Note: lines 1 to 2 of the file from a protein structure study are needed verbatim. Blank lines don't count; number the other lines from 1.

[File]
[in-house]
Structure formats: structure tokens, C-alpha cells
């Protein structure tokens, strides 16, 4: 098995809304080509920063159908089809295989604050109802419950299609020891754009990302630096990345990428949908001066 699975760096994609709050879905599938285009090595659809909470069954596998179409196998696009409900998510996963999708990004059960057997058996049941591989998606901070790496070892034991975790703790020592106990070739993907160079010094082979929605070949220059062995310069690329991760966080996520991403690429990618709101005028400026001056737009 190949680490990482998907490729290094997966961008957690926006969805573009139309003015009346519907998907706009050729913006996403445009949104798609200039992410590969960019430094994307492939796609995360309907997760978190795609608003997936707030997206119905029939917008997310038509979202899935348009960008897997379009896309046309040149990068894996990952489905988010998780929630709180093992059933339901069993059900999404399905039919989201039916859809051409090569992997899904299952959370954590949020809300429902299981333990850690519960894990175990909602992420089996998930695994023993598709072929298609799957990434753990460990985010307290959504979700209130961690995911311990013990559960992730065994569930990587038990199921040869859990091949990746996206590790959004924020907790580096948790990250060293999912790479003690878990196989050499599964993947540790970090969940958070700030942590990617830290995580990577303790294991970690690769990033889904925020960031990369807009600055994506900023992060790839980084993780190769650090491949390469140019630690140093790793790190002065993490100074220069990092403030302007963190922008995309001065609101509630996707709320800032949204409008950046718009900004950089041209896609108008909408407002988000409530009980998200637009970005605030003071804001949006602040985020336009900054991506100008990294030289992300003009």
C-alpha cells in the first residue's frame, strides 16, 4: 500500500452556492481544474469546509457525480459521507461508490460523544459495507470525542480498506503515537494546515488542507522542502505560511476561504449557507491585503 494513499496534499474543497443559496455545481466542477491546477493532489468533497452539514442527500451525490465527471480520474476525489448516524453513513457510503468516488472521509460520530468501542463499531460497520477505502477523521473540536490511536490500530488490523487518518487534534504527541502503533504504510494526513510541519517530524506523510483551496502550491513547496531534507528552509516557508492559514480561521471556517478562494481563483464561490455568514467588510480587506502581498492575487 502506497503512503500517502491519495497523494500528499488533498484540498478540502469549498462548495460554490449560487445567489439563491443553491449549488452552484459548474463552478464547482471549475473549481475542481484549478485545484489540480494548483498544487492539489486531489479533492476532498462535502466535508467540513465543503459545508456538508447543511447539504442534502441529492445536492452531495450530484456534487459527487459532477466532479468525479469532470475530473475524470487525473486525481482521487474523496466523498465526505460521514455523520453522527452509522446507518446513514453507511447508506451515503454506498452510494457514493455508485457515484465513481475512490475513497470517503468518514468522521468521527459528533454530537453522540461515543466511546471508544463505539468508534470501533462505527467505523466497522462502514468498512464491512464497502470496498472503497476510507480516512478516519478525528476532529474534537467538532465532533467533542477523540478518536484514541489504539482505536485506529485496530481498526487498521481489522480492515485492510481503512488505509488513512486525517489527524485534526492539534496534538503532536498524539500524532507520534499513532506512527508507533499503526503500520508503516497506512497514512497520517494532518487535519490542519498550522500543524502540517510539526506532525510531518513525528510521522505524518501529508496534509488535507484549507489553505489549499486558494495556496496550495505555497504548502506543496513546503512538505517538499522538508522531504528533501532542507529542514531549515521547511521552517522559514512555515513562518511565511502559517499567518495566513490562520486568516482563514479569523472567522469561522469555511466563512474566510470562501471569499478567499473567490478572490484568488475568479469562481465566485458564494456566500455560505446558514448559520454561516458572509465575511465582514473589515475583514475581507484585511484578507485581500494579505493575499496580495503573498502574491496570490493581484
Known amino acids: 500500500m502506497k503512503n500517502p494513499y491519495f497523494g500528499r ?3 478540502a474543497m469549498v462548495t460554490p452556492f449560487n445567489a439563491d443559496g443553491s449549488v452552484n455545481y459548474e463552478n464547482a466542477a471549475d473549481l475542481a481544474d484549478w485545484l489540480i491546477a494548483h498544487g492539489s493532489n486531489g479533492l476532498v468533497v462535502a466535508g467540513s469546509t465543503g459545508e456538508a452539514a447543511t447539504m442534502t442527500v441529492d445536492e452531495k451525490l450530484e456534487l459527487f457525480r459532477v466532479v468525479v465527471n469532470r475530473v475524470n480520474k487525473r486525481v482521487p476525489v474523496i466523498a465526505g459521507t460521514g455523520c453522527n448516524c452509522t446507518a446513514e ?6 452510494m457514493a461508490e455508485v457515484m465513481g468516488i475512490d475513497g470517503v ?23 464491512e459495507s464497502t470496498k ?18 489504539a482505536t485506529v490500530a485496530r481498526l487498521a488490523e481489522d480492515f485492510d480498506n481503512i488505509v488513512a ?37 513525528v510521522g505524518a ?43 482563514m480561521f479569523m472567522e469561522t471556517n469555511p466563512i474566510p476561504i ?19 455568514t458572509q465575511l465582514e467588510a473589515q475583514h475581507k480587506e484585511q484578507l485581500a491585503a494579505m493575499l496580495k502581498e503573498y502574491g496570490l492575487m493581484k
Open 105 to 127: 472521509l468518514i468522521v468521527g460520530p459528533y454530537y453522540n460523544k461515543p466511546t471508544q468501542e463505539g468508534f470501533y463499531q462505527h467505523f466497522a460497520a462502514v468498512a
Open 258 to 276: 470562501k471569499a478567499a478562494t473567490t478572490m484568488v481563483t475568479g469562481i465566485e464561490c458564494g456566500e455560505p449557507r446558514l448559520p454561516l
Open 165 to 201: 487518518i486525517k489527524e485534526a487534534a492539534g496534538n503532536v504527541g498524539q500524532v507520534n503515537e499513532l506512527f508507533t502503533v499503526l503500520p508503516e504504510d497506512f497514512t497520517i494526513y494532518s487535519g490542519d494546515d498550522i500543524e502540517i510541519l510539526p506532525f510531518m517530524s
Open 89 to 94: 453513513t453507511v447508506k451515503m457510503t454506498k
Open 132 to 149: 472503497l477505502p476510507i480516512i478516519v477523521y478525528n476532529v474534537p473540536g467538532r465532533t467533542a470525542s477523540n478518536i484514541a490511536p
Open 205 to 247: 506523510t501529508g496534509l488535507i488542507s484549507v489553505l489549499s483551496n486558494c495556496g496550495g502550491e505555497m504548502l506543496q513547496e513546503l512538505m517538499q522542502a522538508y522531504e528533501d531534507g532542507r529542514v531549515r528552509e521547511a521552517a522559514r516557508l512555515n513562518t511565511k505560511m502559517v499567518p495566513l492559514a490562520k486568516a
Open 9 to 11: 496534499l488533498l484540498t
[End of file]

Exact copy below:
[in-house]
Structure formats: structure tokens, C-alpha cells